on Tuesday denied a slew of charges against him, insisting at his appeal that he was just doing his job in a case seen as a barometer of
in the country.
"From the first day, all I did was do my job as a journalist. I am here because I covered the 'Hirak' (movement) in all independence," he told the court.
His lawyer said the appeal verdict would be delivered on September 15.
Editor of the Casbah Tribune news site and correspondent for French-language channel TV5 Monde, Drareni, 40, was convicted of "inciting an unarmed gathering" and "endangering national unity" with his coverage of the year-long demonstrations that ousted longtime president Abdelaziz Bouteflika last year.
Press freedom watchdog Reporters Without Borders (RSF), for which Drareni also works, has condemned the three-year jail term and a fine of 50,000 dinar ($388) as "arbitrary, absurd and violent".
Drareni was arrested on March 7 while covering a protest led by the Hirak, and accused of having criticised Algeria's political system on Facebook, according to RSF.
"You can look again at all my posts to see if there was anything endangering national unity. I was recounting the facts," he said in court.
Very few reporters were allowed into the courtroom to cover Tuesday's hearings, and some 30 lawyers were due to speak.
The prosecutors called for a four-year jail term for Drareni.
"The appeals trial of @khaleddrareni opened without almost any witnesses. Only about 10 journalists were allowed into the courtroom, compared with a 100 in the first hearings," RSF said in a tweet.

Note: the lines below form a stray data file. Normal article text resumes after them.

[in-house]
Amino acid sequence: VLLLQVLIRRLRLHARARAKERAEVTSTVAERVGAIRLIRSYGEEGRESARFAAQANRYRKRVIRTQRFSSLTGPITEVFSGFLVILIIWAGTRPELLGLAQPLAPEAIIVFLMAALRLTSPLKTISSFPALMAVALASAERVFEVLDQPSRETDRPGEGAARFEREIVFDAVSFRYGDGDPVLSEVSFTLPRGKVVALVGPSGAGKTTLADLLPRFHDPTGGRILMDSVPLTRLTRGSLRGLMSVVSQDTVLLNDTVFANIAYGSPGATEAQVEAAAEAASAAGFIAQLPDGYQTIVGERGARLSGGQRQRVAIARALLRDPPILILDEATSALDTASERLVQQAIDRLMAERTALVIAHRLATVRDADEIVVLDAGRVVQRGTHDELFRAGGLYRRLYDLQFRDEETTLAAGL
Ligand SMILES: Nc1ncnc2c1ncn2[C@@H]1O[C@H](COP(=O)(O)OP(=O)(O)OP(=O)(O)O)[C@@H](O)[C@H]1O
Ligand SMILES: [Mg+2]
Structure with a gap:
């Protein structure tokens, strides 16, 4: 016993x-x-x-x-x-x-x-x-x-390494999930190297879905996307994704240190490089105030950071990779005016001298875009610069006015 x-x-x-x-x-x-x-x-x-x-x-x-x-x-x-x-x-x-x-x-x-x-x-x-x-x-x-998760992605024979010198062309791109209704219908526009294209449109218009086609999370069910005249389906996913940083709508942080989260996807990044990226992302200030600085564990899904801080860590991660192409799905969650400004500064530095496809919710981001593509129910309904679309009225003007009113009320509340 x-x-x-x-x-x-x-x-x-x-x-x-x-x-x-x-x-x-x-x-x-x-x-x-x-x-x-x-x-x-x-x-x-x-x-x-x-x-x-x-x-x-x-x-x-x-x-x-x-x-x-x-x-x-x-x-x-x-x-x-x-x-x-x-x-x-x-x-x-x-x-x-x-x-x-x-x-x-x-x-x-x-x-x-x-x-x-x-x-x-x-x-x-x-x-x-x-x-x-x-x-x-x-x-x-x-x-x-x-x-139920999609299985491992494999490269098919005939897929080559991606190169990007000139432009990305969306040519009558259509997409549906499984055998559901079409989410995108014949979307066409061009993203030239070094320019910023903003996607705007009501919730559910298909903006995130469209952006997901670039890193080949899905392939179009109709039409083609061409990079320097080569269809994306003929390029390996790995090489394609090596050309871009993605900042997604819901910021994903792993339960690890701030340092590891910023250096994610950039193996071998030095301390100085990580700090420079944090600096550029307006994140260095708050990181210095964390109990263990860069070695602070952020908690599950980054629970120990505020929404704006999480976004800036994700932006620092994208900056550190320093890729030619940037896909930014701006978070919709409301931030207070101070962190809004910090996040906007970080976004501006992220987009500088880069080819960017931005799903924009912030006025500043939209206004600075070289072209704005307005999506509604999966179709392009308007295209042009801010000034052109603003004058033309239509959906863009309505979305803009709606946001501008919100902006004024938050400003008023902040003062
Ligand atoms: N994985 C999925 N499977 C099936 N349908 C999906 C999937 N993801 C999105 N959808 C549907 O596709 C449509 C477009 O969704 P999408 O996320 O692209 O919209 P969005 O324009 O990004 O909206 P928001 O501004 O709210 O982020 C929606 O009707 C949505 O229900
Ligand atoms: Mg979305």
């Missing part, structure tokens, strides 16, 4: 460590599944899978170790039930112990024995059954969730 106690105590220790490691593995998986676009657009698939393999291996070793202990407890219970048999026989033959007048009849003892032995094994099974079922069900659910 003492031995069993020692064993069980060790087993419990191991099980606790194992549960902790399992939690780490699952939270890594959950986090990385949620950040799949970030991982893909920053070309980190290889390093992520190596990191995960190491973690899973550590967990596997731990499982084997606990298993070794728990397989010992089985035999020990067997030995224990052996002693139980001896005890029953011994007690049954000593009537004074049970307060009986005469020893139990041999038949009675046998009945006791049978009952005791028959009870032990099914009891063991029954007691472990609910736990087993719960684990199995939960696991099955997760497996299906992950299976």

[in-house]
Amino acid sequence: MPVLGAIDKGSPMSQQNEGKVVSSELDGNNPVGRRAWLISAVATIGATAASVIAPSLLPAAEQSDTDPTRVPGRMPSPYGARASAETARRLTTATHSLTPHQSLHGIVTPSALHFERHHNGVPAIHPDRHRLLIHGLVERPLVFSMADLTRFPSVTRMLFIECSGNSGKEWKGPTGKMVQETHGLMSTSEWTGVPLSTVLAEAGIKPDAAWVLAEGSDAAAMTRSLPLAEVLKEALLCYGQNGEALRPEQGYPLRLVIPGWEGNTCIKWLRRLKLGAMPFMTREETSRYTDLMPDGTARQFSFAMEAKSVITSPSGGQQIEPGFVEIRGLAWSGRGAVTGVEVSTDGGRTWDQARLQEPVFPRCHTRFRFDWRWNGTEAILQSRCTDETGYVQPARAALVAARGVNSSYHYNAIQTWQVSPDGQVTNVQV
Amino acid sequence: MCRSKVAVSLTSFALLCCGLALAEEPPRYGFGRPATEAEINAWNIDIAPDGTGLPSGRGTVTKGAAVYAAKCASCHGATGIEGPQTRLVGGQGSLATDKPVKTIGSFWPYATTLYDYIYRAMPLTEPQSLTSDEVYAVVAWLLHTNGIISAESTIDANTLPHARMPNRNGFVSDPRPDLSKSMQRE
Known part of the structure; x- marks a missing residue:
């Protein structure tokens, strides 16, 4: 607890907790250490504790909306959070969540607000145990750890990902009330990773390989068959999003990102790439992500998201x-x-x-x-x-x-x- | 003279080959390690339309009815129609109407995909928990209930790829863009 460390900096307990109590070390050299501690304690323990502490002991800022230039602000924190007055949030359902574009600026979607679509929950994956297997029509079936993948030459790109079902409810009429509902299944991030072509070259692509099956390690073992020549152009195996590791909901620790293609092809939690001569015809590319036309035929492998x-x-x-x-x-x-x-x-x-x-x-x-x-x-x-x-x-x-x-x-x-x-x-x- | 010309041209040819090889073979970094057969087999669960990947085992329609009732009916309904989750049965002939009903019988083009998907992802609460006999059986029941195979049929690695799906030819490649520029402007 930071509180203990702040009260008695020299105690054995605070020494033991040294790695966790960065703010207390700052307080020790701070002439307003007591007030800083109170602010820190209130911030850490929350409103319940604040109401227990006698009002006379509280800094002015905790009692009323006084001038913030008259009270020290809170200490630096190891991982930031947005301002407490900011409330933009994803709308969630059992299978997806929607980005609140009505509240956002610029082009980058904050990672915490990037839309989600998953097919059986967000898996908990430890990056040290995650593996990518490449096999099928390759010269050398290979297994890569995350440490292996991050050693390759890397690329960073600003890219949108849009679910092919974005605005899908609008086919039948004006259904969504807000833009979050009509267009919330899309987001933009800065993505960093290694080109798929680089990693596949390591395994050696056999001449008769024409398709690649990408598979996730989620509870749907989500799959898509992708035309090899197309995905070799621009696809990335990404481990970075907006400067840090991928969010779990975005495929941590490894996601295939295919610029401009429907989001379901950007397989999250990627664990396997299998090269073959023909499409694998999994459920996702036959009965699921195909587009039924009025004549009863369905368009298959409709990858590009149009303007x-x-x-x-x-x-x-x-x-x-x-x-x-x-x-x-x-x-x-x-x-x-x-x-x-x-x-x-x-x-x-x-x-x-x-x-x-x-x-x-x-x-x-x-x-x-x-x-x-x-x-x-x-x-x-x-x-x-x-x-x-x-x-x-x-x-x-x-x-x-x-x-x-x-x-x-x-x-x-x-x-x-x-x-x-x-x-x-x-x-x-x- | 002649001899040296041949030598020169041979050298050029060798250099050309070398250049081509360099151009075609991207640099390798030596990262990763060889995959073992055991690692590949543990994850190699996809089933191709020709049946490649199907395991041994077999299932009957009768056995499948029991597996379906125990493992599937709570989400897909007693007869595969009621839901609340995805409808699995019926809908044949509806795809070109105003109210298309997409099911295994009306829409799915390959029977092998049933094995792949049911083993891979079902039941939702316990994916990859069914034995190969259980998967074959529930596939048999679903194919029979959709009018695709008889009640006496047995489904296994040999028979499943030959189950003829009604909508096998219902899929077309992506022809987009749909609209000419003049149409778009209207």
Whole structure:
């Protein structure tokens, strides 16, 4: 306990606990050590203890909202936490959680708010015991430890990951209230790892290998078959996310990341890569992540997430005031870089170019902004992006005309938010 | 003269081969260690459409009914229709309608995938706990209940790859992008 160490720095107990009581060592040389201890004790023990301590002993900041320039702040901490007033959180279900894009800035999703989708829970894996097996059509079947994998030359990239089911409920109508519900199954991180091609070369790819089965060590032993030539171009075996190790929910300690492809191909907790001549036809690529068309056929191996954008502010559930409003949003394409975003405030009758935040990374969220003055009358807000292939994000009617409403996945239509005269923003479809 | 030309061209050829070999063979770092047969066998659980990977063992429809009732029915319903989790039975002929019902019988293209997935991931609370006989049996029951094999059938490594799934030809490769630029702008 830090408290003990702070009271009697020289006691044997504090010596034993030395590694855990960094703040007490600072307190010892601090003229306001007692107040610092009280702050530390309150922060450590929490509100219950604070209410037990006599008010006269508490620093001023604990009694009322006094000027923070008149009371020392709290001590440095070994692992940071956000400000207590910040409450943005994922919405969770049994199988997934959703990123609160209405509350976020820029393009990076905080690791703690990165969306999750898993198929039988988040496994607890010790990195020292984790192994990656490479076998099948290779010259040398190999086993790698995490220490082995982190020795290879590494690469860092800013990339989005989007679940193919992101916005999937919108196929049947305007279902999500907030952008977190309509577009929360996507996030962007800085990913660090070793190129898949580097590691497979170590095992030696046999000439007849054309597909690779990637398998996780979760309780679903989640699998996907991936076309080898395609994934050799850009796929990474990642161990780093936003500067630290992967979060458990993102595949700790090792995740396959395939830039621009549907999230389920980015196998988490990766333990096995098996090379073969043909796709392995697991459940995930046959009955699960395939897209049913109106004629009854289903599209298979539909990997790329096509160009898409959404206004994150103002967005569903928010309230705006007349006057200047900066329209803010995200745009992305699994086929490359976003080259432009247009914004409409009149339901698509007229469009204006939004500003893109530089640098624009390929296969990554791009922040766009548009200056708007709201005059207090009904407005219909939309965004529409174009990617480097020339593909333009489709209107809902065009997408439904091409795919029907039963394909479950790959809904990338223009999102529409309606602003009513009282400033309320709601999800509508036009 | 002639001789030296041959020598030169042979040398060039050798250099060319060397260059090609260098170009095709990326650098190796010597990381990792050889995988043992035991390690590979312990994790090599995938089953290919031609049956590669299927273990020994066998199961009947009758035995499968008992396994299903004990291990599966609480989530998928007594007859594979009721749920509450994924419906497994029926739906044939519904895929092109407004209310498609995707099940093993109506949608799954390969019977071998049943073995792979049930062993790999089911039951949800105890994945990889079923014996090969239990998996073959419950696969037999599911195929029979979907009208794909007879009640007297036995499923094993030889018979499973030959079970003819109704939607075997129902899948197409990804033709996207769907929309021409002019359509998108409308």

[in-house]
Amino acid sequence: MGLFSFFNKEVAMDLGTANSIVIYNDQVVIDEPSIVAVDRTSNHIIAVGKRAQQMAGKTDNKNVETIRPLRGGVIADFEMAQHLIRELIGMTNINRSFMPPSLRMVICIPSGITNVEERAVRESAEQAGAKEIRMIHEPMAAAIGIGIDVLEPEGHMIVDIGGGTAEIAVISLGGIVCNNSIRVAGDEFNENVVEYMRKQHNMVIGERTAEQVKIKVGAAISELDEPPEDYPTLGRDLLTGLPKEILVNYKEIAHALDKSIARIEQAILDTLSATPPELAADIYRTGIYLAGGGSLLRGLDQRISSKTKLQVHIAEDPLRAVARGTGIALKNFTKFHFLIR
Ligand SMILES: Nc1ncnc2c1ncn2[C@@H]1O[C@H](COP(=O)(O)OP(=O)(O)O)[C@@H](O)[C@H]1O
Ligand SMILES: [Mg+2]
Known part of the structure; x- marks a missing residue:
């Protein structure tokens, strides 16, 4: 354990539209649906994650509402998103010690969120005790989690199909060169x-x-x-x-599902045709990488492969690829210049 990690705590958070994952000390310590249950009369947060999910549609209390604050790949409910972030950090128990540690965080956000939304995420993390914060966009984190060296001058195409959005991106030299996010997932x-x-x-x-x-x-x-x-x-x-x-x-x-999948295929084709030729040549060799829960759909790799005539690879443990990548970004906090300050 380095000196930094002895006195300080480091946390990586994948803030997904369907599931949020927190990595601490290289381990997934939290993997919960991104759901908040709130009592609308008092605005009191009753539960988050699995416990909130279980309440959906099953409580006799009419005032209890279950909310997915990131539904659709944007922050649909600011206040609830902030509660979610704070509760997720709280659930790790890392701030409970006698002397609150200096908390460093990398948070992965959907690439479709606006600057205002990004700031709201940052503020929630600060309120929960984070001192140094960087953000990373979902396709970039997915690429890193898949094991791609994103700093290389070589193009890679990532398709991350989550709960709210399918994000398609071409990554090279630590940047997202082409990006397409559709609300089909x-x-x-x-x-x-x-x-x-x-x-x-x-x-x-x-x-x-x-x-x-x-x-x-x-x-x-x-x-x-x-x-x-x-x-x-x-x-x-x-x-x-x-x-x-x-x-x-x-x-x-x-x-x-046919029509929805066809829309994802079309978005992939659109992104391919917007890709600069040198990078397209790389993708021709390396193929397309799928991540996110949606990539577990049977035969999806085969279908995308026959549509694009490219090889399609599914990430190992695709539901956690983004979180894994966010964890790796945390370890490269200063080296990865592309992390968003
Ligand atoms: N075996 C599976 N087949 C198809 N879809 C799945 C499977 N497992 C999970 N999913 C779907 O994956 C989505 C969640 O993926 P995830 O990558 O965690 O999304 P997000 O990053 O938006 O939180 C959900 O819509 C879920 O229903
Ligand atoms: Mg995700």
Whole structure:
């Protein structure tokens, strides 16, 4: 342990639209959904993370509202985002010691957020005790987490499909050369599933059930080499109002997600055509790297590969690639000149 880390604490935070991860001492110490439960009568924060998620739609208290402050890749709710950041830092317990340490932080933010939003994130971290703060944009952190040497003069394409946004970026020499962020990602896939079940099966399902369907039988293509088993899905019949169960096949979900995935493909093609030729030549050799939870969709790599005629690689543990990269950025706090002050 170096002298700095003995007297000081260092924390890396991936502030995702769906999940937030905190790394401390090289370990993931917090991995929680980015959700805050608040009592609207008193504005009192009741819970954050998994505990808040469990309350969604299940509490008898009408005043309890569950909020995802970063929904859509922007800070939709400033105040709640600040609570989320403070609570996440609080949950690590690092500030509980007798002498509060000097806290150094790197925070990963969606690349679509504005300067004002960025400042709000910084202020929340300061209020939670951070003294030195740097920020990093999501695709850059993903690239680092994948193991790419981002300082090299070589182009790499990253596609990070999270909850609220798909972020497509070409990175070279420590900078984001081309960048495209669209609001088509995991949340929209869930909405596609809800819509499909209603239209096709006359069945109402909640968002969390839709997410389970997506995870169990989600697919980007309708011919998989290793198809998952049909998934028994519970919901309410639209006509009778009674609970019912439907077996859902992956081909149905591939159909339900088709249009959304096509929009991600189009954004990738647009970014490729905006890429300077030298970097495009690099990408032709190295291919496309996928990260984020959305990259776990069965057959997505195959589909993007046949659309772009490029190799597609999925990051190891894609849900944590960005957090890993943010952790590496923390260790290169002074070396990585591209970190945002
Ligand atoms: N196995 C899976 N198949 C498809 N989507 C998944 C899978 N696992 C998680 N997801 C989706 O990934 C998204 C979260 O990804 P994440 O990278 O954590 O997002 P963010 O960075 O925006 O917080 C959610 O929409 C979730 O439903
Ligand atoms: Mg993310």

It added it was clear the "authorities want to limit very symbolic media coverage... by imposing without warning new restrictions on journalists' access".
Drareni was swept into the court complex by bus from Kolea prison outside Algiers, where he has been held since March 29. A small crowd of supporters met him, shouting "Khaled Drareni is a free journalist".
The appeals of co-defendants Samir Benlarbi and Sliman Hamitouche, both leading Hirak figures, were also being heard. They were each sentenced to two years, but with most of the term suspended, they have already been released and freely presented themselves to the court.
Since Drareni was jailed last month, thousands of people have signed petitions calling for his release, noting that his sentence was "the heaviest" handed down to a journalist in decades in Algeria.
Signatories include academics, lawyers and fellow journalists, as well as writer and independence war veteran Louisette Ighilahriz.
Press freedom 'symbol'
RSF secretary general Christophe Deloire said authorities in the North African country had "made him (Drareni) a symbol of the defence of freedom of the press".
The appeal comes after the government agreed draft changes to the constitution over the weekend that will be submitted to parliament for approval ahead of a nationwide referendum in November.
President Abdelmadjid Tebboune said the reforms "respond to the demands of the popular movement".
Tebboune, a former premier under Bouteflika who was elected in December, has promised to break with the old regime, seen as synonymous with authoritarianism, corruption and nepotism.
But the proposed constitutional changes fall far short of the protest movement's demands for wholesale political reform and the departure of all Bouteflika-era officials.
Regular weekly protests organised by the Hirak movement petered out in March in the face of the coronavirus pandemic.
But as the referendum looms, they are expected to regain steam.
In recent months, the government has accused journalists of spreading discord and subversion. During a meeting with the press in May, Tebboune hinted without naming Drareni that he may have been "an informer for foreign embassies".
RSF ranked Algeria 146 out of 180 countries and territories in its 2020 World Press Freedom Index, five places lower than in 2019.